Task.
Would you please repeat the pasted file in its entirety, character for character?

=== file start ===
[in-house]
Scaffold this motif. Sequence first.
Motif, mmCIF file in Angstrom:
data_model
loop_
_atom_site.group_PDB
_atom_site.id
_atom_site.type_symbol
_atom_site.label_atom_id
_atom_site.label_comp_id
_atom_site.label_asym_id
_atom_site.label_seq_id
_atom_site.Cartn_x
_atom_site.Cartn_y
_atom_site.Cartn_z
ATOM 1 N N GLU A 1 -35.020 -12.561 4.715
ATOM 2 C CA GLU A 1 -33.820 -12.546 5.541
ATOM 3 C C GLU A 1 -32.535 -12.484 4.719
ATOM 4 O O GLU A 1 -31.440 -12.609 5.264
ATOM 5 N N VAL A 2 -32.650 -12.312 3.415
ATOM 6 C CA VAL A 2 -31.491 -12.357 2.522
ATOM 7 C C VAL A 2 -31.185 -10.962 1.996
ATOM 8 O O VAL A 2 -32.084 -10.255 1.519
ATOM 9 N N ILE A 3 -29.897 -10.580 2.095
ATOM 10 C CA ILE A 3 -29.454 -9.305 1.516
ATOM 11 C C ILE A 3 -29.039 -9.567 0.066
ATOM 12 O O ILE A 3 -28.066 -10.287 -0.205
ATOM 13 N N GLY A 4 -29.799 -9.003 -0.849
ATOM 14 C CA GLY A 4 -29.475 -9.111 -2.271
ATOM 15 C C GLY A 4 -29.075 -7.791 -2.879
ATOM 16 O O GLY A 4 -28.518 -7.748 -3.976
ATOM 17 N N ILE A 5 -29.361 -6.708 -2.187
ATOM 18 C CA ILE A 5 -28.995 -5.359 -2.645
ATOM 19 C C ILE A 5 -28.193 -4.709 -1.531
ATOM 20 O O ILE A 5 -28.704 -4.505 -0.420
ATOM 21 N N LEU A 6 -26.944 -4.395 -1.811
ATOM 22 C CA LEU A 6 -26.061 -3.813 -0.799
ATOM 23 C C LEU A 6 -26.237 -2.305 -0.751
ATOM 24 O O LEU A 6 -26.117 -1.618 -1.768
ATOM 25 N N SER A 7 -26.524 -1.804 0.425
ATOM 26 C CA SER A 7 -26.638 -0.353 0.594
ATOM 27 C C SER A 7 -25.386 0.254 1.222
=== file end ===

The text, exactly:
[in-house]
Scaffold this motif. Sequence first.
Motif, mmCIF file in Angstrom:
data_model
loop_
_atom_site.group_PDB
_atom_site.id
_atom_site.type_symbol
_atom_site.label_atom_id
_atom_site.label_comp_id
_atom_site.label_asym_id
_atom_site.label_seq_id
_atom_site.Cartn_x
_atom_site.Cartn_y
_atom_site.Cartn_z
ATOM 1 N N GLU A 1 -35.020 -12.561 4.715
ATOM 2 C CA GLU A 1 -33.820 -12.546 5.541
ATOM 3 C C GLU A 1 -32.535 -12.484 4.719
ATOM 4 O O GLU A 1 -31.440 -12.609 5.264
ATOM 5 N N VAL A 2 -32.650 -12.312 3.415
ATOM 6 C CA VAL A 2 -31.491 -12.357 2.522
ATOM 7 C C VAL A 2 -31.185 -10.962 1.996
ATOM 8 O O VAL A 2 -32.084 -10.255 1.519
ATOM 9 N N ILE A 3 -29.897 -10.580 2.095
ATOM 10 C CA ILE A 3 -29.454 -9.305 1.516
ATOM 11 C C ILE A 3 -29.039 -9.567 0.066
ATOM 12 O O ILE A 3 -28.066 -10.287 -0.205
ATOM 13 N N GLY A 4 -29.799 -9.003 -0.849
ATOM 14 C CA GLY A 4 -29.475 -9.111 -2.271
ATOM 15 C C GLY A 4 -29.075 -7.791 -2.879
ATOM 16 O O GLY A 4 -28.518 -7.748 -3.976
ATOM 17 N N ILE A 5 -29.361 -6.708 -2.187
ATOM 18 C CA ILE A 5 -28.995 -5.359 -2.645
ATOM 19 C C ILE A 5 -28.193 -4.709 -1.531
ATOM 20 O O ILE A 5 -28.704 -4.505 -0.420
ATOM 21 N N LEU A 6 -26.944 -4.395 -1.811
ATOM 22 C CA LEU A 6 -26.061 -3.813 -0.799
ATOM 23 C C LEU A 6 -26.237 -2.305 -0.751
ATOM 24 O O LEU A 6 -26.117 -1.618 -1.768
ATOM 25 N N SER A 7 -26.524 -1.804 0.425
ATOM 26 C CA SER A 7 -26.638 -0.353 0.594
ATOM 27 C C SER A 7 -25.386 0.254 1.222